Watching Prisoners was an intense and emotional experience for me from beginning to end. Directed by Denis Villeneuve, Prisoners is about a missing child case. Keller Dover’s (Hugh Jackman) daughter Ana, alongside her friend go missing during a Thanksgiving dinner. His only lead is a parked RV, which had been parked on the street prior to the kidnapping. Detective Loki (Jake Gyllenhaal) takes up this case to search for the driver of the RV, hoping to find the two girls inside. Without any significant progress made by the police, Keller Dover decides to take this matter into his own hands.
The best way to describe this movie is that it is a self-contained kidnapping mystery that deals with the lengths that a parent would go through in order to find his/her own child. The setting of this movie is nothing flamboyant or metropolitan; its events take place in a small suburban town in Massachusetts. This contained setting adds focus to the movie, namely to its characters and the ethical dilemmas that it raises. One of the most prominent dilemmas in this movie are the lengths you would take if put in such a scenario. Would you go to the lengths that Keller Dover goes through to uncover his daughter’s location? Or would you side with the police and allow them to uncover this mystery themselves? This is something I thought about vigorously throughout and even after the movie.
What I love most about this movie is its realistic feel. There are no high budget action set pieces or scenes shot from 24 different angles. This movie was shot in a 1.85:1 aspect ratio, which I feel brought a realistic and non-melodramatic atmosphere. As said best by Roger Deakins, “It felt more like a natural frame. You’re not saying, “This is a movie.” You’re saying, “These are real people in a real situation.” I couldn’t agree more with this statement. I felt like I was spying on real people in real situations with real stakes.
Of course, this ultra-realistic feel of Prisoners would not have been possible without its exceptional performances. Hugh Jackman pulls off his finest ever stand-alone performance as a grieving, alcoholic parent who resorts to aggression and torture to find his daughter and her kidnapper. On the other hand, Jake Gyllenhaal also delivers one of his career-defining performances as a sharp-minded, yet short tempered private detective who has never not solved a case he has been assigned to. The supporting cast of this film (Paul Dano, Maria Bello and Viola Davis) also deserve a standing ovation for their exhilarating and penetrating performances. However as with many thriller/mystery flicks, this movie too falls culprit to slow pace and boredom at times. There are a ton of those ”search and raid” scenes where we only see detective Loki search houses and backyards, which get kinda repetitive. You know what I mean right? To better phrase this, Prisoners has a runtime of over 150 minutes. You have to be patient with this movie. The investigation is slow and drags in a few places.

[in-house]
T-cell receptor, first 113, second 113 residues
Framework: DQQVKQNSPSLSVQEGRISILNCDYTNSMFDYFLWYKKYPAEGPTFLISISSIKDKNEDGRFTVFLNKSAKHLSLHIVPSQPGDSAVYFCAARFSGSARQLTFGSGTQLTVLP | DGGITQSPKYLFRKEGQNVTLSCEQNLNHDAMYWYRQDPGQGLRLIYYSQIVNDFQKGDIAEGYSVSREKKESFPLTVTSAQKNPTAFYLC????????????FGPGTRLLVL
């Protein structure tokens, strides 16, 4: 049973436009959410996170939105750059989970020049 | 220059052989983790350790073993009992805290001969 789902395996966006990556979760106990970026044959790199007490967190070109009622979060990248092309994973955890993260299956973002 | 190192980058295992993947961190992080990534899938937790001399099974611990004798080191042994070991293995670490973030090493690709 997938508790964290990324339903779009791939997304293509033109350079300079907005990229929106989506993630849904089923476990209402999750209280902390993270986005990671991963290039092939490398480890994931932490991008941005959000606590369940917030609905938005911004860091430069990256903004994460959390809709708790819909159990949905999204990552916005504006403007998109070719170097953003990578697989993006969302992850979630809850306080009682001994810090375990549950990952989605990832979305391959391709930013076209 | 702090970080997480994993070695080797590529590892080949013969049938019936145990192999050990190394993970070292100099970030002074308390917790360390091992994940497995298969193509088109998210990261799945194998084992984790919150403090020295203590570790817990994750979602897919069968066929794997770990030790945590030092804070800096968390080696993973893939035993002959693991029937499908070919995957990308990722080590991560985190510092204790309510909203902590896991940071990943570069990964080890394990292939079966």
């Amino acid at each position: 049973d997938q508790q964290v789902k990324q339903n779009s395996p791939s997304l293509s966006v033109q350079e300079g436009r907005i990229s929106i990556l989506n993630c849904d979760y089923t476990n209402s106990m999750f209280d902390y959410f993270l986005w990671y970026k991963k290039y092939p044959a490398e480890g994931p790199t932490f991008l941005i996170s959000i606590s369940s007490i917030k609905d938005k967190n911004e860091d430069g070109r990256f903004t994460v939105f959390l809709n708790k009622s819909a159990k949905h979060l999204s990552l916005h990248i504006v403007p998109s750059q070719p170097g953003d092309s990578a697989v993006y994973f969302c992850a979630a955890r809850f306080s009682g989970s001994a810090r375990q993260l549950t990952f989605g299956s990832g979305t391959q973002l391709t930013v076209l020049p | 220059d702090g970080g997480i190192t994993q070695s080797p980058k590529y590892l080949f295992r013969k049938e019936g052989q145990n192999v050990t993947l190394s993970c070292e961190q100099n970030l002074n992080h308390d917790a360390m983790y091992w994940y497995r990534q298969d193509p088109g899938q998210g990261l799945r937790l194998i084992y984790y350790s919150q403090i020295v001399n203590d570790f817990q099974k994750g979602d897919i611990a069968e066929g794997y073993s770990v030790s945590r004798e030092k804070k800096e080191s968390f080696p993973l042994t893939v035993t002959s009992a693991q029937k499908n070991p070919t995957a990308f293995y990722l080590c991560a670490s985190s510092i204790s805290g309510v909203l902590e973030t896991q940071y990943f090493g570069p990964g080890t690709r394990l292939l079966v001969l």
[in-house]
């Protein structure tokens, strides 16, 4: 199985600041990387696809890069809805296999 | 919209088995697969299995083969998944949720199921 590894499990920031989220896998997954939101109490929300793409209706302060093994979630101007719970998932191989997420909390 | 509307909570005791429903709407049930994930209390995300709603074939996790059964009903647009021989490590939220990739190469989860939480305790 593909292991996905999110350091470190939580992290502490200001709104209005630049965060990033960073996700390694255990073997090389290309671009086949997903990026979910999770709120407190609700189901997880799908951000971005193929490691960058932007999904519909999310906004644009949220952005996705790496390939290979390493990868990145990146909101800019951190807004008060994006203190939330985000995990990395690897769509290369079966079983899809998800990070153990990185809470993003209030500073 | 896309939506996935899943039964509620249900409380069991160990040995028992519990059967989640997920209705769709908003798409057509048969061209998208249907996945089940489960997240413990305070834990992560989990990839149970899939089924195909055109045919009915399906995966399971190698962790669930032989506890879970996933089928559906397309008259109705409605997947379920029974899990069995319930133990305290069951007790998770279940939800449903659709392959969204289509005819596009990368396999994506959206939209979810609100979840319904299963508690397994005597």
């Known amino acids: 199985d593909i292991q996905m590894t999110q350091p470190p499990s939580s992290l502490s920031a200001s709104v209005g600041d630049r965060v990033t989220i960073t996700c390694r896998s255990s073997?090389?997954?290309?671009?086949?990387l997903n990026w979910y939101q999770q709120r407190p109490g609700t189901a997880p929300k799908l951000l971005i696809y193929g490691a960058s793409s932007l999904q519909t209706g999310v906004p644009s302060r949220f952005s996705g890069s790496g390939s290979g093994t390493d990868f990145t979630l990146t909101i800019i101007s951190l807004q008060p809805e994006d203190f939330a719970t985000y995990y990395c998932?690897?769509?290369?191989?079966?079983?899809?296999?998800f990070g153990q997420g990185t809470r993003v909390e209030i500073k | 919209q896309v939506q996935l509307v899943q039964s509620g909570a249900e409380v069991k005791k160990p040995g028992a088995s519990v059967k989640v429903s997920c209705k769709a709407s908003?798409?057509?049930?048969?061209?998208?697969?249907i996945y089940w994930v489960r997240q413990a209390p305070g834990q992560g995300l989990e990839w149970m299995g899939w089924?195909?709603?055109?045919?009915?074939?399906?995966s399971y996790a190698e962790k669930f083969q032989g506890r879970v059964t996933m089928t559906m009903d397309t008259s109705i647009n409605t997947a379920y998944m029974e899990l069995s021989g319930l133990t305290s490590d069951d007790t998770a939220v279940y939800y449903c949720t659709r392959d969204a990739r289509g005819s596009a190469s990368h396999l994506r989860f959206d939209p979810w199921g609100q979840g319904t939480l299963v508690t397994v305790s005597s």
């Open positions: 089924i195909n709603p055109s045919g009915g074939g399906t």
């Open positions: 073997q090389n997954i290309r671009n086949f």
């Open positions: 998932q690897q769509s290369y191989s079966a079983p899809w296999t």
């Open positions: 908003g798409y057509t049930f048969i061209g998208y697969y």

But overall, the strengths of this movie far outweigh its drawbacks. Prisoners did not feel like a movie. It felt like a real life documentary shot in a way that made me feel that I was spying on a real family who had real problems. This movie achieves high levels of intensity and emotion without trying too hard. It is spearheaded by outstanding performances from Hugh Jackman and Jake Gyllenhaal who contrast each other by the means that they use to solve this mystery. Lastly, this film poses tough dilemmas to its audiences by indirectly asking the simple question; what would you do?